Note: It has been my policy in listing reports of hybrids to include all serious allegations, especially those of scholars, whether or not the hybrid alleged seems possible or likely to me. This policy, I think, helps to eliminate subjective judgment on my part, and therefore should remove at least one source of systematic bias from my work. It also helps to fulfill the ethical obligation of telling not just the truth, but the whole truth.
Note: This cross, which would be interordinal (Psittaciformes × Passeriformes), requires additional confirmation.
Paul Broca (1824-1880), the French physician, anatomist, and anthropologist who first discovered the region of brain governing speech (Broca’s area), also made a study of avian hybrids. In a lengthy article on hybridization in birds, he states the following (Broca 1859, p. 224):
A parrot in M. Delon’s aviary, though mated already to a male of her species, fell madly in love with a canary and committed many adulteries with him. In the midst of this love affair with the canary, the parrot began to lay eggs. Among them, one different from the others was observed, which somewhat resembled a canary egg. From it emerged a strange bird, having the beak and head of the mother, the body covered with yellow feathers, the tail, yellow and very short like a canary’s, three digits pointing forward [as in canaries, not parrots], the thumb alone directed backward, as in canaries [and not parrots]. The animal lived for two and a half years, but did not mate; its wings remained so short that it never could fly. M. Delon showed this prodigy to many credible persons, among whom I would mention my friend and colleague, M. [Joachim] Moissenet, a doctor at the hospital Lariboisière. Although convinced beforehand that it was a monstrosity, not a hybrid, I asked to see this curious creature. But before I could, a weasel got into the aviary, and the alleged parrot-canary hybrid was among the victims. The parrot in question was of the species Psittacus pulchellus [a synonym of Neophema pulchella. Translated by E.M. McCarthy. Original French]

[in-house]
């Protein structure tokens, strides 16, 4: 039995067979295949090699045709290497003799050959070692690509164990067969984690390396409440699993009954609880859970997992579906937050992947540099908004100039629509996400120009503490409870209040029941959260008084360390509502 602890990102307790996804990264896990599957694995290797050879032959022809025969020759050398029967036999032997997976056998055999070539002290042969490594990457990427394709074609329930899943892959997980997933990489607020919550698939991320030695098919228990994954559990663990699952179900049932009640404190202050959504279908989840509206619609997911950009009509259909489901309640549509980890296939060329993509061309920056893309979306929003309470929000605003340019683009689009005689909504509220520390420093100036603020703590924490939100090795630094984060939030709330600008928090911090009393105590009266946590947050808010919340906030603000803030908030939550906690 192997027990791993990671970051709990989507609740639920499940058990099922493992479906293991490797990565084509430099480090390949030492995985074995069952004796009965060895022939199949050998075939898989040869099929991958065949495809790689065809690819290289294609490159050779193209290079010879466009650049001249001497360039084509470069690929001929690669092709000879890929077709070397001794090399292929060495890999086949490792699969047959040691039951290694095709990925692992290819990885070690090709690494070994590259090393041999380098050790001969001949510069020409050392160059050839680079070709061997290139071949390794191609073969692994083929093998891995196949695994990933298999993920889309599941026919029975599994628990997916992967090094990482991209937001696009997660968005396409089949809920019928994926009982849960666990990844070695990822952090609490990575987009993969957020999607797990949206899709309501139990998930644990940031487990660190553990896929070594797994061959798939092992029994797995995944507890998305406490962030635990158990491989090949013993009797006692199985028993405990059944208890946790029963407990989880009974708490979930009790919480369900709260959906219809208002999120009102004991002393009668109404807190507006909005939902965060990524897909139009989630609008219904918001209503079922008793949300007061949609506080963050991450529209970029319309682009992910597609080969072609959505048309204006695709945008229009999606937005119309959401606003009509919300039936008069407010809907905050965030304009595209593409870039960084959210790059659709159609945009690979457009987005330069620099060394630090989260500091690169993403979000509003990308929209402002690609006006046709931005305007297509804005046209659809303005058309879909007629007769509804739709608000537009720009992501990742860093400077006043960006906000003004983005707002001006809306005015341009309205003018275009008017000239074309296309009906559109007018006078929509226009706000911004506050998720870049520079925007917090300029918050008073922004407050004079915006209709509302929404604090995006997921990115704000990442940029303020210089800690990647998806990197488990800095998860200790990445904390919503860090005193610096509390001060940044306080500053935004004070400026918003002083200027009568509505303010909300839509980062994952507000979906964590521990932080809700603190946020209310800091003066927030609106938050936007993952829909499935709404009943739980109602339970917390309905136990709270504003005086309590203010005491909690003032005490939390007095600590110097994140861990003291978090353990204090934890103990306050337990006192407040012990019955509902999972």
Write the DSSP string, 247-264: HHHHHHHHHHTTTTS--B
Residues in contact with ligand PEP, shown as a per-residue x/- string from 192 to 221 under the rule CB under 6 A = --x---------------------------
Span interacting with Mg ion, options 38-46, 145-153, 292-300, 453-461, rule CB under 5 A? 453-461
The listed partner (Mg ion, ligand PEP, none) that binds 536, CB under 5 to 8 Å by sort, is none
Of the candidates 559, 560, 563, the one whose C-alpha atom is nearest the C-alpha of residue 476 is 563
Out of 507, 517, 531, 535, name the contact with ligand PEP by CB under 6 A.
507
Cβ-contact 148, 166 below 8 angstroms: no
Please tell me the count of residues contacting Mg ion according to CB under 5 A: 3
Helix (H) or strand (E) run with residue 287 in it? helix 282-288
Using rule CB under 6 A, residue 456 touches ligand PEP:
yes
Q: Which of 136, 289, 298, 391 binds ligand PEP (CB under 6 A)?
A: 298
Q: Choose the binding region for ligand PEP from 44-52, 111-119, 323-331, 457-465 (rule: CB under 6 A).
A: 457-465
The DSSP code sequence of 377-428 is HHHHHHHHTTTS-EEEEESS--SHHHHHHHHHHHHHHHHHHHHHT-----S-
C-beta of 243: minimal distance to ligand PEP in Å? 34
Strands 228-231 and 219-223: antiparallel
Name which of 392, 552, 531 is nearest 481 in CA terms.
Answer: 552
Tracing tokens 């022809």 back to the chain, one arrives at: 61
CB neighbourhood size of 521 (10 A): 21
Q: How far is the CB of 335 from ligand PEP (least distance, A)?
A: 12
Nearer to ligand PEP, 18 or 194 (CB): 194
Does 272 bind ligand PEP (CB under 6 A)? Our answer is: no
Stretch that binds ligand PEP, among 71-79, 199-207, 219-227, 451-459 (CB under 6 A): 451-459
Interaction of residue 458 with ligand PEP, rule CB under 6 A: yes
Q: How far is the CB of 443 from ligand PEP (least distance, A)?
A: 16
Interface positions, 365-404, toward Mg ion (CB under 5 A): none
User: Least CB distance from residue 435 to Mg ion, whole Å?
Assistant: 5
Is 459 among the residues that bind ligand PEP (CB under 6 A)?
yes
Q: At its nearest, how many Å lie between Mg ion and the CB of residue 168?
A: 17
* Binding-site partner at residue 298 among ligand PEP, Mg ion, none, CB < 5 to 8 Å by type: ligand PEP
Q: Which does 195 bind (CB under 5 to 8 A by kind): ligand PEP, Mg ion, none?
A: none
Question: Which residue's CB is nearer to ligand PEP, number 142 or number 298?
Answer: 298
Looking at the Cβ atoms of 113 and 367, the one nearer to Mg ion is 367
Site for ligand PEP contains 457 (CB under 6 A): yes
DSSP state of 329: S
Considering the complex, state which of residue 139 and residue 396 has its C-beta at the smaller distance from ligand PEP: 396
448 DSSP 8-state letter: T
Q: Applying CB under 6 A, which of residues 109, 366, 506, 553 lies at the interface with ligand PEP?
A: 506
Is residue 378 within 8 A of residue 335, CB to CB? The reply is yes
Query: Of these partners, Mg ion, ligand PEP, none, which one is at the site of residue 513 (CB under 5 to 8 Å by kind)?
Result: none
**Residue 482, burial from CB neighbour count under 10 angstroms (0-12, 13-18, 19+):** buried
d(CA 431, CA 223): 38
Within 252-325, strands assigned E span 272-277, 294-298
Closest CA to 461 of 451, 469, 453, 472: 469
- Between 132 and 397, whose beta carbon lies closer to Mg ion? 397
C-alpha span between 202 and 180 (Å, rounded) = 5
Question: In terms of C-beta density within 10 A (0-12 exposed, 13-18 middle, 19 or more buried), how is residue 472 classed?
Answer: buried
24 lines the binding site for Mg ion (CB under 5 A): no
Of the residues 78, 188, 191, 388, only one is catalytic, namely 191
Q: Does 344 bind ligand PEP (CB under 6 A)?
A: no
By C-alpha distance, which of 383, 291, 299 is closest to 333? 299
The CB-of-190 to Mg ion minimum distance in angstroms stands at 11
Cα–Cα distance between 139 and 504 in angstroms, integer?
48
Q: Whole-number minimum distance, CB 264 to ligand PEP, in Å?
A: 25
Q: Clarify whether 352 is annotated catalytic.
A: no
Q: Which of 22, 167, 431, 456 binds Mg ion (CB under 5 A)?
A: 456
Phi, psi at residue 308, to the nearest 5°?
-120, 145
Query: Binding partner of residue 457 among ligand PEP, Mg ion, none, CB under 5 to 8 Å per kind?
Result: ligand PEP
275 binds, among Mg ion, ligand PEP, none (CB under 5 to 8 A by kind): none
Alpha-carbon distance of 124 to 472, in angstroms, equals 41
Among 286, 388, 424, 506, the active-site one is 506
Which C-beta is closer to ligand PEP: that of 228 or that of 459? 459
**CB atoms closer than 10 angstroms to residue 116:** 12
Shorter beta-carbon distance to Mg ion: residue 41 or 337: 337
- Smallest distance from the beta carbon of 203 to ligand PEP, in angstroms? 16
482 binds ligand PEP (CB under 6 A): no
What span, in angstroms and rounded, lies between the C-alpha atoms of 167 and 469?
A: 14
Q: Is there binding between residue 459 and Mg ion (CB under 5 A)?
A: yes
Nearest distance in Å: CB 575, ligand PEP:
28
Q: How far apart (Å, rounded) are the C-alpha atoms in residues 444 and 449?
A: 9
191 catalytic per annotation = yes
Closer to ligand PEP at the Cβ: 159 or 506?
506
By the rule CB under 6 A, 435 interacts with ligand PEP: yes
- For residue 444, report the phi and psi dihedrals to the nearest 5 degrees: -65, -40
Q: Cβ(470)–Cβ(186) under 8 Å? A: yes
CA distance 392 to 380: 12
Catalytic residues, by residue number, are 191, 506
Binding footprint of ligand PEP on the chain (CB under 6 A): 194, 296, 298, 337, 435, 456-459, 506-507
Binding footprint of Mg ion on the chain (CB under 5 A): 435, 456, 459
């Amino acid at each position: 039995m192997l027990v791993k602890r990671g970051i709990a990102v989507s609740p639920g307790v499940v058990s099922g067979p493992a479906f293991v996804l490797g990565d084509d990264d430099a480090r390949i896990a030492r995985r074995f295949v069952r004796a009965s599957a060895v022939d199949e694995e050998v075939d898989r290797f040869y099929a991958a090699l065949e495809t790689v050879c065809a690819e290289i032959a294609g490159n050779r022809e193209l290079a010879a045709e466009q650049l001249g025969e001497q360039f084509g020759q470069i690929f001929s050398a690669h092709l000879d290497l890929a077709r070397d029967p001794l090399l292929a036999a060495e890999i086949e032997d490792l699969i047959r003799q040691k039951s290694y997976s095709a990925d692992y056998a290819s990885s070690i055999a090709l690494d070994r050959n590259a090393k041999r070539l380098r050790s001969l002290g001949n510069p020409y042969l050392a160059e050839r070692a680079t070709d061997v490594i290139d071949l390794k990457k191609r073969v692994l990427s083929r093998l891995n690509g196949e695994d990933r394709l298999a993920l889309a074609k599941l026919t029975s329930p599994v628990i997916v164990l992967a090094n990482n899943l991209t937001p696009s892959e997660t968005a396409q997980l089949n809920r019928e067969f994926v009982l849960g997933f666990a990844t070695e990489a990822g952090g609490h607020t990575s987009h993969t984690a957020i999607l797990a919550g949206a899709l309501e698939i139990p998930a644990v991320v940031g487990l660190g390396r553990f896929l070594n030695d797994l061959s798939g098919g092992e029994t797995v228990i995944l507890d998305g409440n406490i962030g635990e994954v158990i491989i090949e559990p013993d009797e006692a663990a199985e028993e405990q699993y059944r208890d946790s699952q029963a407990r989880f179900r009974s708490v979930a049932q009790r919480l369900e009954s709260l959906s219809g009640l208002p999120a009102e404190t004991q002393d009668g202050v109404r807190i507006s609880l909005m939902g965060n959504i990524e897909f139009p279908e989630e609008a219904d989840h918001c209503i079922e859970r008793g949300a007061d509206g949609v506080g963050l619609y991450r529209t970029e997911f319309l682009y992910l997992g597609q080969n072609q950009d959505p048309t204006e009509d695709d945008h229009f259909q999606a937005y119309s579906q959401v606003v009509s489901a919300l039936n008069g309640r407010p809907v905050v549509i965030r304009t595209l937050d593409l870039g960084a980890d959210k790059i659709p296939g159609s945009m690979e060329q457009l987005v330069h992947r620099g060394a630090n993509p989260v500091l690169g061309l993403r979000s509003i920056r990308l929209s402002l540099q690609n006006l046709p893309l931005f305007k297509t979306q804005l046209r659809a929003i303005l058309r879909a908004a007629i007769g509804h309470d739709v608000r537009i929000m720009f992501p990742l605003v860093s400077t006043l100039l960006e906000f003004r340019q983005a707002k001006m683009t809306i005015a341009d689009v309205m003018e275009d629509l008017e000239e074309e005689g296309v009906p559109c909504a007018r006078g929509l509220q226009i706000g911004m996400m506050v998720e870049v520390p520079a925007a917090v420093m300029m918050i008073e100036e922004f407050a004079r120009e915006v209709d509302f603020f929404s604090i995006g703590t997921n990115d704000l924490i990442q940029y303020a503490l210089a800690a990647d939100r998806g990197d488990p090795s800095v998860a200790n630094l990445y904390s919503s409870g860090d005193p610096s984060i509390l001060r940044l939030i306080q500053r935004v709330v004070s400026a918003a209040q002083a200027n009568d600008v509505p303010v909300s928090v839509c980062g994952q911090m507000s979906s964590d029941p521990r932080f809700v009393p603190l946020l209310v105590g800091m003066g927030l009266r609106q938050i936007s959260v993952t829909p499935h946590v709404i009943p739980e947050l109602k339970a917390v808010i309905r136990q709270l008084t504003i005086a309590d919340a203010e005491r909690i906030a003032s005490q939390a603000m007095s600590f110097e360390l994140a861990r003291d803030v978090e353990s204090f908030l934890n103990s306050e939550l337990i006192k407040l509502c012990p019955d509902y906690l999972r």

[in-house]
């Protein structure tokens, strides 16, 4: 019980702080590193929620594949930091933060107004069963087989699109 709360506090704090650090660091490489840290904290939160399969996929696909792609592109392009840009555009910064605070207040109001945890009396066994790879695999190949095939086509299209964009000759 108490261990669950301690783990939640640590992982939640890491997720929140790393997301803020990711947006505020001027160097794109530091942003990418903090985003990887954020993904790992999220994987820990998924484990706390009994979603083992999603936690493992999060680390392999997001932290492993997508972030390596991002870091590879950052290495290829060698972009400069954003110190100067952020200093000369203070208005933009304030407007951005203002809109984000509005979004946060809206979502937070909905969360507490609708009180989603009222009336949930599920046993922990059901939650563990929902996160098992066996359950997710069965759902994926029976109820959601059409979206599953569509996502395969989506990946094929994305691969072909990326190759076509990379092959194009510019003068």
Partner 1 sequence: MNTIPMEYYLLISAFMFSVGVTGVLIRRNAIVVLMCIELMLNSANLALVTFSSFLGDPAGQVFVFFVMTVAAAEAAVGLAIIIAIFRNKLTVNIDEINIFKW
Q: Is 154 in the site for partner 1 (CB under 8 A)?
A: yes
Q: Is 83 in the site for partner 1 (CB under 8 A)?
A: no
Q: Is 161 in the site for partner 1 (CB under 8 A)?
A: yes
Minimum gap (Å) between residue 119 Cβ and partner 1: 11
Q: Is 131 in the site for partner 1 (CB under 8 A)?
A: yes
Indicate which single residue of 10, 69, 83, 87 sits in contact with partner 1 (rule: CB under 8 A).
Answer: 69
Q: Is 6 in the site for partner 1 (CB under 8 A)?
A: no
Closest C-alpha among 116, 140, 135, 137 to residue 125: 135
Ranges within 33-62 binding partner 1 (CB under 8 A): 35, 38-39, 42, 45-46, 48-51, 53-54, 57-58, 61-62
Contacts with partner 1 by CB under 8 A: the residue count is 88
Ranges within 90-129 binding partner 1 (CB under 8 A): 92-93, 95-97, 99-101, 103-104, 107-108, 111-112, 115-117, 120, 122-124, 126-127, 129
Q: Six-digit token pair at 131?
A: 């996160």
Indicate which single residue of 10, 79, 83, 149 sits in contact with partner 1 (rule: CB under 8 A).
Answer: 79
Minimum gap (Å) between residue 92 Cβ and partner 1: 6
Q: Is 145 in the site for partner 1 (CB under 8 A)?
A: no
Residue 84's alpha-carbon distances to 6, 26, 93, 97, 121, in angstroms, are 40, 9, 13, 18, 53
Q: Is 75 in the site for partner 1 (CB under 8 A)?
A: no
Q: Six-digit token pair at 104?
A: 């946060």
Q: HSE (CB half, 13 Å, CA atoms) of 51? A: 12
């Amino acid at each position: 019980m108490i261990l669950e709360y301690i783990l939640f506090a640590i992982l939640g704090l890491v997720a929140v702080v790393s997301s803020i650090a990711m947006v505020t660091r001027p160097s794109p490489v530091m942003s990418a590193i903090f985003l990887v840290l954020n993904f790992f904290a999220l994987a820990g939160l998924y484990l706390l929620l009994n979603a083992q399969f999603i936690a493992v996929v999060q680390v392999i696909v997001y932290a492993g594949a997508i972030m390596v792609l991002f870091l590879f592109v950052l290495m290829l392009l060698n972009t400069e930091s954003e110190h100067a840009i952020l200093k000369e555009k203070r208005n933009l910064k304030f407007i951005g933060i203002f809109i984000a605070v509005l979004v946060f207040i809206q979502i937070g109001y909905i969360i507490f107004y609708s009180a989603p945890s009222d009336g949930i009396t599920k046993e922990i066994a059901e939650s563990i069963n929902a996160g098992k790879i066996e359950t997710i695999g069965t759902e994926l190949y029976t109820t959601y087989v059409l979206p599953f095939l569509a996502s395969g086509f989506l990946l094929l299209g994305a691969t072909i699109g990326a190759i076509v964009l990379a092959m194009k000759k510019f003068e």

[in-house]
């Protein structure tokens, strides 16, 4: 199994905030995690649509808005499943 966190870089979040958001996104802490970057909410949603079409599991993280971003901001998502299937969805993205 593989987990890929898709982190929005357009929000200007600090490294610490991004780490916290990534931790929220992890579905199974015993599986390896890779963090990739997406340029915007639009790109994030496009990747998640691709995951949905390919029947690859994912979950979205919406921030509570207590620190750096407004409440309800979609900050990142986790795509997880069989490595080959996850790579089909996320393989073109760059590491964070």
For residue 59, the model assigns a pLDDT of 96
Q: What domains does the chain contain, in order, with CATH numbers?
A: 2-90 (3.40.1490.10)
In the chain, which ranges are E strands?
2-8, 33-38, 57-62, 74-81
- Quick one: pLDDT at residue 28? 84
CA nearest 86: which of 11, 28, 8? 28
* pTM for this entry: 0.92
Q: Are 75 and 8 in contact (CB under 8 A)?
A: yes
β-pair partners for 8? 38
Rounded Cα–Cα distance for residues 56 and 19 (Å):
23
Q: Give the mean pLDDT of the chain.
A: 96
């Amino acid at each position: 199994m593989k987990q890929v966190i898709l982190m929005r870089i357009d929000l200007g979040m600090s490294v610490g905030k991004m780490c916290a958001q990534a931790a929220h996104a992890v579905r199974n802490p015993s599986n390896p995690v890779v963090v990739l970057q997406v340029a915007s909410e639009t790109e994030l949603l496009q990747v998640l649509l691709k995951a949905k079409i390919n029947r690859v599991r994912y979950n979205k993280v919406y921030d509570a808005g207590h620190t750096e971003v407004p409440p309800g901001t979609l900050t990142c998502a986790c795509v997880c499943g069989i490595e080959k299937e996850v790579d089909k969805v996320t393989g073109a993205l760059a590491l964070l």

Tomlinson, quoted in Prestwich (1949c, p. 56), reports a similar hybrid, an alleged cross between a domestic canary and a budgerigar (Melopsittacus undulatus). He states the following with regard to a Nov. 1935 meeting of an ornithological group in southern California: “A Mr. Stone showed a bird which he claims is a cross between a canary and a Shell Parrakeet. The bird looks like a good sized green canary with the back and wings streaked with almost a buff, tail long and narrow, head and beak like the parrakeet with the heavy curved upper mandible. Of course, this is very hard to believe as the canary is of the Fringillidae family while the Parrakeet is of the Psittacine family.”
Indeed, Tomlinson understates the disparity between the parents alleged in this cross (and in the cross described by Broca above). It would be interordinal, not interfamilial, since parrots and parakeets belong to Order Psittaciformes while canaries are assigned to Order Passeriformes. However, a taxonomic arrangement recently proposed by Suh et al. (“Mesozoic retroposons reveal parrots as the closest living relatives of passerine birds,” 2011) does group these two orders together under the name “Psittacopasserae.”